Durham yogi challenges stereotypes on journey to self-acceptance
Posted July 5
Durham, N.C. — Jessamyn Stanley says it was, indeed, a low point in her life that brought her to yoga.
"Ultimately, the journey of self-acceptance is very lonely," she said. "It's sad at points. It's scary. You are putting your body into these situations and putting your mind into these situations that take you further than where you were before."
Originally form Greensboro, 29-year-old Staley, who struggled with depression and with her body image, is now in the spotlight. She is one of the fearless leaders of the body-positive movement.
"Whenever you talk about the people that practice yoga, it is typically people of means," Stanley said. "People who have the extra time and the money. It is people who are typically educated, and it is predominately white people."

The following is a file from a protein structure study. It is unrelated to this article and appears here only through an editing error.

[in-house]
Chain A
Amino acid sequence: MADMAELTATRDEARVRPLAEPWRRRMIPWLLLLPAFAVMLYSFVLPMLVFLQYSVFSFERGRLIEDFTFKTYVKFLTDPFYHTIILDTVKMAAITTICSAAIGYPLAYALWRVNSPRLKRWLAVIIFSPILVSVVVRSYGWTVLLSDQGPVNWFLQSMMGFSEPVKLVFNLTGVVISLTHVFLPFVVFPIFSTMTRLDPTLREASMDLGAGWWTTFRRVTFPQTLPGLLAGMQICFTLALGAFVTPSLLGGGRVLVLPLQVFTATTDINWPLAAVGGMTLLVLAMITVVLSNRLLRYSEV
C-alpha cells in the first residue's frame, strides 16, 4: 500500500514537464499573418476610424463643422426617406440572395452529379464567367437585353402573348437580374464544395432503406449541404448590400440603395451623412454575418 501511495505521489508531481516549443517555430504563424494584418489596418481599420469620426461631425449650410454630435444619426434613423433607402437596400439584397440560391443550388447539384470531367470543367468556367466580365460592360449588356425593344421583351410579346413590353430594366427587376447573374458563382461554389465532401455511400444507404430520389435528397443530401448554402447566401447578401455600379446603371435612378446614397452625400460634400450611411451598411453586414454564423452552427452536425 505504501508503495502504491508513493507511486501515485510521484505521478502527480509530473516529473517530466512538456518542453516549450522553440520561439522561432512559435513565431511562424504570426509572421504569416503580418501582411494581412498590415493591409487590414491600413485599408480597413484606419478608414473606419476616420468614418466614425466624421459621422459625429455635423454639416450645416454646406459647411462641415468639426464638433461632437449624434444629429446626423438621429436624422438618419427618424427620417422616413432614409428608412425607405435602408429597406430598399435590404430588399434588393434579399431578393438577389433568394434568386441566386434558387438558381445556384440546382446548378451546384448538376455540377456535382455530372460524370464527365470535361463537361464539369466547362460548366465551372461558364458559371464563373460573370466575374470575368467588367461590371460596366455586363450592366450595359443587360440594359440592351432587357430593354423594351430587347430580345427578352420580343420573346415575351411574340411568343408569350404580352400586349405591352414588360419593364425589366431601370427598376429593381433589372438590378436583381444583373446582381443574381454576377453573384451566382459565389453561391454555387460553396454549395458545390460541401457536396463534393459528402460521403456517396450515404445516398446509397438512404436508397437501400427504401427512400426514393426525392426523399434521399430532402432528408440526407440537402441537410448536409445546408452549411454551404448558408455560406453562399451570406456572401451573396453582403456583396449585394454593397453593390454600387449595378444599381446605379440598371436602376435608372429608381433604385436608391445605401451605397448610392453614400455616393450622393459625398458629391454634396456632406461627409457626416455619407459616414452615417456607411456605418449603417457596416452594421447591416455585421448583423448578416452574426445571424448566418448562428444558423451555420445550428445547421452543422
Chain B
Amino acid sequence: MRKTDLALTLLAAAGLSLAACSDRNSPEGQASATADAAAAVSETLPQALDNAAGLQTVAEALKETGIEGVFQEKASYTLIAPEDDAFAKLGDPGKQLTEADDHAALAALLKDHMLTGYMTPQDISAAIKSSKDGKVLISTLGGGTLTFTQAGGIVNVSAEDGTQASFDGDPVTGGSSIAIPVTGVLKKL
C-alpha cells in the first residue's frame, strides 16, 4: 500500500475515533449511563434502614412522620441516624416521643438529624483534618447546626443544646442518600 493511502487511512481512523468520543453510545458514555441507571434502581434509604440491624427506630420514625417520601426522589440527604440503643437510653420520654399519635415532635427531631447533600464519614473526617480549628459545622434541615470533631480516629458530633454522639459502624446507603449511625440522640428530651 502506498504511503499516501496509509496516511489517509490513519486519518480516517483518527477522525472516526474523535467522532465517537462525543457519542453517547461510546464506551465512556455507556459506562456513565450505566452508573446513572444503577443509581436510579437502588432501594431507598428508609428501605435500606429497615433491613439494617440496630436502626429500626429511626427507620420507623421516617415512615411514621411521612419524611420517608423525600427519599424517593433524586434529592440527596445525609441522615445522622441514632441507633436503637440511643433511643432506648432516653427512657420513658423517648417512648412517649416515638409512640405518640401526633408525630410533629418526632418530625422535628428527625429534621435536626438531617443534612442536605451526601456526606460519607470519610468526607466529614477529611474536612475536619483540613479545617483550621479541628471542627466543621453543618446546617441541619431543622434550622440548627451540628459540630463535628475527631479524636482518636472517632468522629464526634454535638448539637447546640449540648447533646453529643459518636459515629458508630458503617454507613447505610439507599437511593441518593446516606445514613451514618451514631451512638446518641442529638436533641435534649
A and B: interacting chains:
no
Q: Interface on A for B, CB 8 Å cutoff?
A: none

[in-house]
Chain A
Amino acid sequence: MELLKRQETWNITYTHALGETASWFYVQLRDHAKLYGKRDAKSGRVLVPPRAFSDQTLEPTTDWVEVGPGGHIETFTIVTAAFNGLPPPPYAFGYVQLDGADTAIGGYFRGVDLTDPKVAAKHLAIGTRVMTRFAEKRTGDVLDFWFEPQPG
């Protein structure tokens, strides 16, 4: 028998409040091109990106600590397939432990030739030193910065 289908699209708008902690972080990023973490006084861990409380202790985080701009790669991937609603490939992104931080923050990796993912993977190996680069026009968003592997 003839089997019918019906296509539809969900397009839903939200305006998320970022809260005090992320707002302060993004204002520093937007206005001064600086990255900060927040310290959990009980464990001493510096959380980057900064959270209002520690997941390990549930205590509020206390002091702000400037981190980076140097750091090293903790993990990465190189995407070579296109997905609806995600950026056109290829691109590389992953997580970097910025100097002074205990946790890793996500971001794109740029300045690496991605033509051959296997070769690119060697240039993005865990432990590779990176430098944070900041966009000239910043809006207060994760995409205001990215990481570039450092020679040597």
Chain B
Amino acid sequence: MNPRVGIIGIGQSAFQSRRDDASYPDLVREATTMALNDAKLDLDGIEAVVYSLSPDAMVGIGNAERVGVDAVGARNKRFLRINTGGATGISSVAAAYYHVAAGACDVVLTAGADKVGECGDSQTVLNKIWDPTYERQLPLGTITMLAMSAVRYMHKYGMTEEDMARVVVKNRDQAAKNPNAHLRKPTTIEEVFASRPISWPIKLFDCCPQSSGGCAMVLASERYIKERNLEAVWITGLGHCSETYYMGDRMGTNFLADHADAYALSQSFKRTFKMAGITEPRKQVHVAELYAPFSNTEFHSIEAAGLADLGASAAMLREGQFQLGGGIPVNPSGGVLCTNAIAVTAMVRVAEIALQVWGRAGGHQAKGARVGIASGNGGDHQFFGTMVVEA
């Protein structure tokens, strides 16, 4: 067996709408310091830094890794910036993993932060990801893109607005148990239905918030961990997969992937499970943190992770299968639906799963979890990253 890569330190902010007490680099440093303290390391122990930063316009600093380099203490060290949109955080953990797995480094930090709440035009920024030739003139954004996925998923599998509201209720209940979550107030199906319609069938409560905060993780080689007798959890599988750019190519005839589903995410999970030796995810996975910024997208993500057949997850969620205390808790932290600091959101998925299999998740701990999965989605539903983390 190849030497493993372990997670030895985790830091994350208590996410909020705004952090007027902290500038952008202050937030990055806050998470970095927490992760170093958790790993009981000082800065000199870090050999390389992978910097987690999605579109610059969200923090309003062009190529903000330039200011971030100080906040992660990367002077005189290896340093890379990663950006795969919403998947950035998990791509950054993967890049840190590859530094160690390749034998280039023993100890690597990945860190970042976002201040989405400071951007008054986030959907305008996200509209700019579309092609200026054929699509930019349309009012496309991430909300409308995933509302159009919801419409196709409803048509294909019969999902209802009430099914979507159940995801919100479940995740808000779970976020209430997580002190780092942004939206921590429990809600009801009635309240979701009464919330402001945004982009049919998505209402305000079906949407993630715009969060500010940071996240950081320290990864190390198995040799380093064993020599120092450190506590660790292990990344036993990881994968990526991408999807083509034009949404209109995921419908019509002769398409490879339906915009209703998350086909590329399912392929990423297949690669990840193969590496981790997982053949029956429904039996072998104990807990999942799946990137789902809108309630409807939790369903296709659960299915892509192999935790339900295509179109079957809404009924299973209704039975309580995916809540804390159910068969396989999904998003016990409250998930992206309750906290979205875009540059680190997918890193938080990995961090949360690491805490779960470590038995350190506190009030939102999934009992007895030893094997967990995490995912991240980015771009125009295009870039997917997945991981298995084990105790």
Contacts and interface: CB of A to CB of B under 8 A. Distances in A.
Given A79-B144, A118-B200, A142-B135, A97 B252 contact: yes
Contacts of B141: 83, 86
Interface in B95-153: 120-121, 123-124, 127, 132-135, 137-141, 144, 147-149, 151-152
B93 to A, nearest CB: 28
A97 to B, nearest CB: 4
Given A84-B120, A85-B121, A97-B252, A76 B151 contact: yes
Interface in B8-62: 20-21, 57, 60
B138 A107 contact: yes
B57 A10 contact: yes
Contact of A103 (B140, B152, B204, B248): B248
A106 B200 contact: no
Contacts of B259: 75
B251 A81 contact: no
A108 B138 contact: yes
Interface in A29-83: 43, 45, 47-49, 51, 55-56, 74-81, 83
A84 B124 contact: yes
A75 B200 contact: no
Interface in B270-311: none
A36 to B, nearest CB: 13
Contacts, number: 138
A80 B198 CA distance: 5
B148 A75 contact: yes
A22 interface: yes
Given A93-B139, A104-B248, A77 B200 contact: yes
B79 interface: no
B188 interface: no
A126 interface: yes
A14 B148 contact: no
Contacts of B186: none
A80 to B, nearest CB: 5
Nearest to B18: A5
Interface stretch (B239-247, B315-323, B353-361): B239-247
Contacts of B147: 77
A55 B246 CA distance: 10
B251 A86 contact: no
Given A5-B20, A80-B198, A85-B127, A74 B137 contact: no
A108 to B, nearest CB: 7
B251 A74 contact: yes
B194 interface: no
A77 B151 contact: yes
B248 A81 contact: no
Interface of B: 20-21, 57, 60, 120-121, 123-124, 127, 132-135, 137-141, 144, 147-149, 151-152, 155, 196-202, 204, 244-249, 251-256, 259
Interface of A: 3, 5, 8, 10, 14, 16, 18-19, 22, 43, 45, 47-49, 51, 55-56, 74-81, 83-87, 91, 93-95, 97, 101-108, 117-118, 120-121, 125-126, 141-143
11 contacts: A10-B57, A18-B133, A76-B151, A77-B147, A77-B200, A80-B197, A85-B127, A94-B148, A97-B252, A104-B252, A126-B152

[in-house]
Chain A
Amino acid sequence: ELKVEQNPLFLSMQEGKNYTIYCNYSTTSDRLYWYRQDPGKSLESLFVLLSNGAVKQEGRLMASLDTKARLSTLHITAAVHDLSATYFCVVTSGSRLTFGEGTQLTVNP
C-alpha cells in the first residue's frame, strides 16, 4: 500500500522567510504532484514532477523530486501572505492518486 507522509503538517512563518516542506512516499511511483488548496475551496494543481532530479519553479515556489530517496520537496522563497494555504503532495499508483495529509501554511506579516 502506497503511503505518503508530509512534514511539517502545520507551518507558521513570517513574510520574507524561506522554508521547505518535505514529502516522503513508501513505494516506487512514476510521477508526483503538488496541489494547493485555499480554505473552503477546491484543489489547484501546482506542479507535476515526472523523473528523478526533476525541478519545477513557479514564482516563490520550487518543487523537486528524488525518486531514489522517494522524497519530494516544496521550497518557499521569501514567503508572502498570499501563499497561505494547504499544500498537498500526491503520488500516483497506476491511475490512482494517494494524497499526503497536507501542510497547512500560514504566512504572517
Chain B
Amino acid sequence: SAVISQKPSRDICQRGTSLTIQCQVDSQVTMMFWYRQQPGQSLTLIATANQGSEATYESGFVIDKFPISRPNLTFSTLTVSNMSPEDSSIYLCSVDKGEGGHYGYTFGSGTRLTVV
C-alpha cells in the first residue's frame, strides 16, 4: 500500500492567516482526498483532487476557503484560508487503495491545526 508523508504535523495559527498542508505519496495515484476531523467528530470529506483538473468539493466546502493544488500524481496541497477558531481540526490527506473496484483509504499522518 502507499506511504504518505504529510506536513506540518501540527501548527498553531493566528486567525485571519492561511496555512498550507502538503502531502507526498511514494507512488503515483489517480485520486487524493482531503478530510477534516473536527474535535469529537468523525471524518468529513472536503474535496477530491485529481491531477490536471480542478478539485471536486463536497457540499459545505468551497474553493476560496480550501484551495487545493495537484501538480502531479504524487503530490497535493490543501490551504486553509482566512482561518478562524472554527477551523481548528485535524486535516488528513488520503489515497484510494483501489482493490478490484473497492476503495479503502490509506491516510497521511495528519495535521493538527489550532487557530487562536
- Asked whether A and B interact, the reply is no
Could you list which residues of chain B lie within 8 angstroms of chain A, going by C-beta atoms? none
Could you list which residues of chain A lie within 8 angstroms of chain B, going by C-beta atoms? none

But Stanley, an African-American yogi, is not your typical slim, white woman. She is working to break the stereotypes.
“The way that we practice yoga in the west is very much an appropriation of something that is deeply rooted in south Asian culture, and the larger truths of yoga, the pursuit of looking within the self, the search for balance, these things don't know a specific culture," she said.
And while she practices in Durham, Stanley is becoming recognized worldwide. She has been featured in commercials, has thousands of followers on social media and was in Essence magazine.
Stanley knows her body can make people uncomfortable, but continues to push through negative forces.
"You can utilize your discomfort and your worries and your hesitations and see that as where you can draw from, then every pose is possible. So much is possible," she said.
Stanley currently travels to teach yoga. She said she hopes to slow down a bit in the fall and teach more classes in Durham.